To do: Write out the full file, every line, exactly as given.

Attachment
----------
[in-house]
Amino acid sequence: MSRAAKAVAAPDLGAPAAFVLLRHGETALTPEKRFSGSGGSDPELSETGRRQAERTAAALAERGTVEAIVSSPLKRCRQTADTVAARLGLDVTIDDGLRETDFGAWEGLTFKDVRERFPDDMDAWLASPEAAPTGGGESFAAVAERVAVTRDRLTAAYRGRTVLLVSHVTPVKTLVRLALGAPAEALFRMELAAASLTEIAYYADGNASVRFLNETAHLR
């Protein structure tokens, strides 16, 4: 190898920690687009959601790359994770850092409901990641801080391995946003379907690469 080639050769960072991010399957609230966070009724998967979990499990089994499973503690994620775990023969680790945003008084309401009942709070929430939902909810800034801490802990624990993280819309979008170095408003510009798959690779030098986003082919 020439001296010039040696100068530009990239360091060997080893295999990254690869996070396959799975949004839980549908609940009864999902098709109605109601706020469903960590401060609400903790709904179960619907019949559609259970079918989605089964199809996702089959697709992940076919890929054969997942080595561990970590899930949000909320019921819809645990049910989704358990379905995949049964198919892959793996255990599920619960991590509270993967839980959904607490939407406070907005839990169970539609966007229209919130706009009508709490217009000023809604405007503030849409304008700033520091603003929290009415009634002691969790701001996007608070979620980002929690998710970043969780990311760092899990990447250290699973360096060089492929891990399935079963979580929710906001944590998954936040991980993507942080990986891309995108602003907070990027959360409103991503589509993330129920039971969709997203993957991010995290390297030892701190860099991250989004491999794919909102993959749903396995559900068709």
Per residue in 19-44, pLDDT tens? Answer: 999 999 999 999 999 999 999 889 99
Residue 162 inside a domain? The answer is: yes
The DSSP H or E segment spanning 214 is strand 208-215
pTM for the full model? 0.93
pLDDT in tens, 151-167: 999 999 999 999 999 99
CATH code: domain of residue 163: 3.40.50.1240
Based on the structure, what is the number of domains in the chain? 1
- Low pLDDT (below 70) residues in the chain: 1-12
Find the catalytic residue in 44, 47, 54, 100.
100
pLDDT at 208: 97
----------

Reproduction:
[in-house]
Amino acid sequence: MSRAAKAVAAPDLGAPAAFVLLRHGETALTPEKRFSGSGGSDPELSETGRRQAERTAAALAERGTVEAIVSSPLKRCRQTADTVAARLGLDVTIDDGLRETDFGAWEGLTFKDVRERFPDDMDAWLASPEAAPTGGGESFAAVAERVAVTRDRLTAAYRGRTVLLVSHVTPVKTLVRLALGAPAEALFRMELAAASLTEIAYYADGNASVRFLNETAHLR
């Protein structure tokens, strides 16, 4: 190898920690687009959601790359994770850092409901990641801080391995946003379907690469 080639050769960072991010399957609230966070009724998967979990499990089994499973503690994620775990023969680790945003008084309401009942709070929430939902909810800034801490802990624990993280819309979008170095408003510009798959690779030098986003082919 020439001296010039040696100068530009990239360091060997080893295999990254690869996070396959799975949004839980549908609940009864999902098709109605109601706020469903960590401060609400903790709904179960619907019949559609259970079918989605089964199809996702089959697709992940076919890929054969997942080595561990970590899930949000909320019921819809645990049910989704358990379905995949049964198919892959793996255990599920619960991590509270993967839980959904607490939407406070907005839990169970539609966007229209919130706009009508709490217009000023809604405007503030849409304008700033520091603003929290009415009634002691969790701001996007608070979620980002929690998710970043969780990311760092899990990447250290699973360096060089492929891990399935079963979580929710906001944590998954936040991980993507942080990986891309995108602003907070990027959360409103991503589509993330129920039971969709997203993957991010995290390297030892701190860099991250989004491999794919909102993959749903396995559900068709």
Per residue in 19-44, pLDDT tens? Answer: 999 999 999 999 999 999 999 889 99
Residue 162 inside a domain? The answer is: yes
The DSSP H or E segment spanning 214 is strand 208-215
pTM for the full model? 0.93
pLDDT in tens, 151-167: 999 999 999 999 999 99
CATH code: domain of residue 163: 3.40.50.1240
Based on the structure, what is the number of domains in the chain? 1
- Low pLDDT (below 70) residues in the chain: 1-12
Find the catalytic residue in 44, 47, 54, 100.
100
pLDDT at 208: 97